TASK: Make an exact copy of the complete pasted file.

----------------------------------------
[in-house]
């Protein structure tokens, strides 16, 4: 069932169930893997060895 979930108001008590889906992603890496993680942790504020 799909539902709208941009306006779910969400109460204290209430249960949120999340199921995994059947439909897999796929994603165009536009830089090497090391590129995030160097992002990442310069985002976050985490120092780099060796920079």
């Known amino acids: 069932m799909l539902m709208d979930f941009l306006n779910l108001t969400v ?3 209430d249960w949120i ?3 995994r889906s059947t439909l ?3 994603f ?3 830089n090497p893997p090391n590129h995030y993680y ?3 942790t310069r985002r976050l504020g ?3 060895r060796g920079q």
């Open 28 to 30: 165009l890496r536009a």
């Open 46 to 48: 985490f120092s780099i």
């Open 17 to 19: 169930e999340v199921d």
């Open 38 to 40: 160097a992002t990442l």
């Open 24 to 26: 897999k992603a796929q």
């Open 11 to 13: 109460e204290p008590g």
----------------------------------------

[in-house]
């Protein structure tokens, strides 16, 4: 069932169930893997060895 979930108001008590889906992603890496993680942790504020 799909539902709208941009306006779910969400109460204290209430249960949120999340199921995994059947439909897999796929994603165009536009830089090497090391590129995030160097992002990442310069985002976050985490120092780099060796920079």
């Known amino acids: 069932m799909l539902m709208d979930f941009l306006n779910l108001t969400v ?3 209430d249960w949120i ?3 995994r889906s059947t439909l ?3 994603f ?3 830089n090497p893997p090391n590129h995030y993680y ?3 942790t310069r985002r976050l504020g ?3 060895r060796g920079q």
């Open 28 to 30: 165009l890496r536009a």
């Open 46 to 48: 985490f120092s780099i």
């Open 17 to 19: 169930e999340v199921d």
């Open 38 to 40: 160097a992002t990442l």
């Open 24 to 26: 897999k992603a796929q």
């Open 11 to 13: 109460e204290p008590g």